Lionel Sanders 3.0? How ‘No Limits’ is evolving his limits

Sebastian Kienle described it as “f***ing incredible” after Lionel Sanders notched a superb victory in their matchup at Saturday’s Collins Cup in Slovakia, such was the level of his achievement.

Sanders lined up in Šamorín just six days after running second at IRONMAN Copenhagen – would he be a lame duck or would ‘No Limits’ stun the world again?

The answer was definitely the latter as the 33-year-old Canadian pulled clear of Andrew Starykowicz on the run to win by just over a minute in a time of 3:19:17.

Surviving the run

Afterwards Sanders admitted that his insane turnaround from Denmark had definitely taken a toll, admitting: “It’s not good for your running – I can tell you that much. My run legs felt horrible right from the get-go and I knew I just had to minimise my losses. I just ran within myself, I stayed on top of the nutrition – that’s all I could really do.

“I said to myself, if he catches me there’s nothing I can really do about it. If he catches me and he wants to fight, I’ll fight him. Fortunately I didn’t have to resort to those deep deep measures.”

Sanders spoke in detail about how he is continuing to evolve his skills – it was notable after that recent Tri Battle with Jan Frodeno how seeing the German’s finely tuned machine (including his backroom team) opened his eyes yet more.

Swimming strategy

One area Lionel has put real focus on is his swimming (remember his training with Heather Jackson in that PTO documentary and “Team stop sucking at swimming”?).

On Saturday he stayed with Andrew Starykowicz for most of the swim and exited the water just 10 seconds down in a time of 27:27.

Afterwards he revealed: “To be honest with you, I’m doing everything now the way that I’m learning about swimming.

“Swimming, I don’t even really look at the clock any more – I just focus on the feel, feel for the water. I just did the same today. I don’t ever feel hypoxic in the water any more, I always used to feel hypoxic.”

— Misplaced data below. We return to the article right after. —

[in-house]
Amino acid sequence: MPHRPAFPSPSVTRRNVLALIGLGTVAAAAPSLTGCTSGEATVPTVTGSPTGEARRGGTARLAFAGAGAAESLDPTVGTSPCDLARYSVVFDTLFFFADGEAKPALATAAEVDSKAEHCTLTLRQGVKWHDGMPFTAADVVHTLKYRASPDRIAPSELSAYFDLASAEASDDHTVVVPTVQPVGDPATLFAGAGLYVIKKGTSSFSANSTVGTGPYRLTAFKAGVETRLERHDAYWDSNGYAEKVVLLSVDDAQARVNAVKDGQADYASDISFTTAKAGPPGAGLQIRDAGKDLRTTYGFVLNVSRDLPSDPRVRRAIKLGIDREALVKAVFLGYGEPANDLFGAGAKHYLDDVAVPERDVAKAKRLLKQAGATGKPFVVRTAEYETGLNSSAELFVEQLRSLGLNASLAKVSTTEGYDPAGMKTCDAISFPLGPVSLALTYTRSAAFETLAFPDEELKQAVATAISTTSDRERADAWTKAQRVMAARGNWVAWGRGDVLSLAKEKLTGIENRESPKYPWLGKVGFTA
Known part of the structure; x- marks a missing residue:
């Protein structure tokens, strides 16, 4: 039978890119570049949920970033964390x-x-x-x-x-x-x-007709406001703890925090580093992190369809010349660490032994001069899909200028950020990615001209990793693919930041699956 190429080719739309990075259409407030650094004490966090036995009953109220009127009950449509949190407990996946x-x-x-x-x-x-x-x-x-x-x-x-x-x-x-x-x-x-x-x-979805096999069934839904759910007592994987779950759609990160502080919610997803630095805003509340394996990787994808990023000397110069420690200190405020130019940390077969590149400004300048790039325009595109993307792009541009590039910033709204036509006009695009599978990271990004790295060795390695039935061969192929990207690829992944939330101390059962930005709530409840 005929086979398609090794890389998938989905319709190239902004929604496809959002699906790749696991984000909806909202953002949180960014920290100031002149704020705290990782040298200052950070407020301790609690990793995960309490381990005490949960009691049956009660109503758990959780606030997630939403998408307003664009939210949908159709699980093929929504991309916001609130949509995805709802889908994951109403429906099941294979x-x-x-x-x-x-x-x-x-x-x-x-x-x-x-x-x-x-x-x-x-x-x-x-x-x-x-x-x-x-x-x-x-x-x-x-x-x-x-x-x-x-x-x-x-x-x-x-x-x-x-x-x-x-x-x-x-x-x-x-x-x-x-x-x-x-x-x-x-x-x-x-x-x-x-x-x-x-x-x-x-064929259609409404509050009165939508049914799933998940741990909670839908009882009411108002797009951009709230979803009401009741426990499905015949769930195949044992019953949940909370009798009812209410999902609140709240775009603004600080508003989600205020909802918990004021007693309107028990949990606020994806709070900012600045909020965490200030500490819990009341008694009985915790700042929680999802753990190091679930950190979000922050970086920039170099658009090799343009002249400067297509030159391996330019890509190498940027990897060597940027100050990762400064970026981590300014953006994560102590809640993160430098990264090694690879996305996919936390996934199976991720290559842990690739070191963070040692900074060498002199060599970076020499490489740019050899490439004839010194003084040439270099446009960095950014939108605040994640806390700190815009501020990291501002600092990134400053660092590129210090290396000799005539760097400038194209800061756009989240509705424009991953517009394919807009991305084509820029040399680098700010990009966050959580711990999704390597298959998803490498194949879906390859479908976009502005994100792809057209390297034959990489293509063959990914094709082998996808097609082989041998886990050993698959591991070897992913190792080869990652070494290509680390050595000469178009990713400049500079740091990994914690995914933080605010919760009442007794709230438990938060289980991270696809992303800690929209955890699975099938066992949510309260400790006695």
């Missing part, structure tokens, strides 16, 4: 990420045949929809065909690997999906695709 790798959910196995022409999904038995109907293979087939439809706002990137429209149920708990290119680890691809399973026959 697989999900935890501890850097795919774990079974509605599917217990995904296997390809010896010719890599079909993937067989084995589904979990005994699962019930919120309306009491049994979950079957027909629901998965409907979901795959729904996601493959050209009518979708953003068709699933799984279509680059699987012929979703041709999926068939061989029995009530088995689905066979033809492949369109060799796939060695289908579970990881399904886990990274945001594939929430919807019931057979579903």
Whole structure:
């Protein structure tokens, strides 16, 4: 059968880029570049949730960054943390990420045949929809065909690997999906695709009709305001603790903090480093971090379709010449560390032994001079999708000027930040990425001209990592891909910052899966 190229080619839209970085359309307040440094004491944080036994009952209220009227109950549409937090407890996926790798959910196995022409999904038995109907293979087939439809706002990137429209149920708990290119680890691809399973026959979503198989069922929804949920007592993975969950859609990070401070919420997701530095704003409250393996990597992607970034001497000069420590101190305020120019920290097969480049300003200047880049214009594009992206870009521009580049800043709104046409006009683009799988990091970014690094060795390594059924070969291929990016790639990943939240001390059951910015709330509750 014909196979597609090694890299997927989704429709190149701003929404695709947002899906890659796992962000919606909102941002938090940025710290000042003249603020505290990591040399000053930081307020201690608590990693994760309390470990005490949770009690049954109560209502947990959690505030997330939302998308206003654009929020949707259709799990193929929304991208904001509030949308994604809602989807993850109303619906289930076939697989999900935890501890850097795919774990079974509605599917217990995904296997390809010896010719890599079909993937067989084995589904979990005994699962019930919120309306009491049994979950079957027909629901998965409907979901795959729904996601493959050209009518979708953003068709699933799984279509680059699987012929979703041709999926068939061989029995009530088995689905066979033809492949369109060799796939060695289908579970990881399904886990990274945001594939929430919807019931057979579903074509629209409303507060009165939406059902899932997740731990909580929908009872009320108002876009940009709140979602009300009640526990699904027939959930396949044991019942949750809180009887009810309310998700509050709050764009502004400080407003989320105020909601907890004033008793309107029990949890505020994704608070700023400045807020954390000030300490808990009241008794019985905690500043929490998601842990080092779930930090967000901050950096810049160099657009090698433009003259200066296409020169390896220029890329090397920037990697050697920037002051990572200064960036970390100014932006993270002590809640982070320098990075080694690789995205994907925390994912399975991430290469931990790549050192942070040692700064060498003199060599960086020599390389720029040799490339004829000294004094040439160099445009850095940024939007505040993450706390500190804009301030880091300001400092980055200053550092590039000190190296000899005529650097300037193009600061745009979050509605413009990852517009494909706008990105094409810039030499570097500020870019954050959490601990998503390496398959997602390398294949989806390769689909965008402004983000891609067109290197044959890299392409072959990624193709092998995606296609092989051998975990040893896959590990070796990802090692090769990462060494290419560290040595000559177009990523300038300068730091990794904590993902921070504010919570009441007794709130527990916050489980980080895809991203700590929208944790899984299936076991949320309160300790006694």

Lionel also opened up on how he’d approached the cycling on Saturday, that fall which almost wrecked his hopes, and his desire to improve his cycling.

“I always thought swimming behaved differently than biking and running. But it turns out that biking and running actually behave very similar to swimming, in that you have to be gentle. Even though you’re pushing big power, you have to be gentle.

Cycling desire

“And so today, I said get rid of the power meter, just use speed. And that’s what I did, I think I biked pretty well. I think that’s the first time I actually kept up with ‘Starky’ completely so I’m pretty happy with that.

“I suck at biking, everybody already knows that – you just saw it there. ‘Starky’ said he could see I was gonna crash long before I was going to crash. He said I was locked-out elbows into the corner, it was wet and I hit the paint.

“To be honest with you, one thing I want to do is go ride with some pro cyclists and learn how to ride, handle the bike better. I have good power, I just suck at applying it properly.”

Now for the (70.3) Worlds?

The next major event on the elite calendar is the IRONMAN 70.3 World Championship in St George on September 18. Sanders though was anything but upbeat concerning his chances after a summer which contained three full-distance races in a gruelling calendar.

He admitted: “On the run felt like an Ironman athlete out there. I felt like I had no gears, nothing. Usually I feel like I always have one more gear. I didn’t really have any more gears.

“I can’t tell if it’s because I did the second-best run of my career six days ago, but I just don’t have the speed. You don’t do any speed and you think all of a sudden you’re gonna run 3:15 per kilometre? It just doesn’t work that way.”

Sanders was renewing his great rivalry with Kienle here, and despite beating the German into second, he still feels there is unfinished business and scores to settle.

“He’s right, he said in the ‘Beyond Human’ documentary, that’s all fine and dandy.

“Don’t get me wrong, this is an amazing race but it’s not Kona. He always beats me there, so I’ve gotta beat him. I beat him in 17 there but usually he beats me. Nine out of 10, he beats me in the big ones so we’ll keep working.”

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